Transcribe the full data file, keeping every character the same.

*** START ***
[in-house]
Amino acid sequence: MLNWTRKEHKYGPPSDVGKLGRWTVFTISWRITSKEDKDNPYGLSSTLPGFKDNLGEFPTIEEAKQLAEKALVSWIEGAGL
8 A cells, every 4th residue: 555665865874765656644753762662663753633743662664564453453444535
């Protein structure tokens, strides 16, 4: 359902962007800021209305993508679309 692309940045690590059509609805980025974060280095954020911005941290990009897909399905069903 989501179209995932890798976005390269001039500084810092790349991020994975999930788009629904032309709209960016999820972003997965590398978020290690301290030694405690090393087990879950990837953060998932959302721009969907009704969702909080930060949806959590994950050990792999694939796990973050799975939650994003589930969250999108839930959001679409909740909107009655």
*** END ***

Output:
[in-house]
Amino acid sequence: MLNWTRKEHKYGPPSDVGKLGRWTVFTISWRITSKEDKDNPYGLSSTLPGFKDNLGEFPTIEEAKQLAEKALVSWIEGAGL
8 A cells, every 4th residue: 555665865874765656644753762662663753633743662664564453453444535
């Protein structure tokens, strides 16, 4: 359902962007800021209305993508679309 692309940045690590059509609805980025974060280095954020911005941290990009897909399905069903 989501179209995932890798976005390269001039500084810092790349991020994975999930788009629904032309709209960016999820972003997965590398978020290690301290030694405690090393087990879950990837953060998932959302721009969907009704969702909080930060949806959590994950050990792999694939796990973050799975939650994003589930969250999108839930959001679409909740909107009655």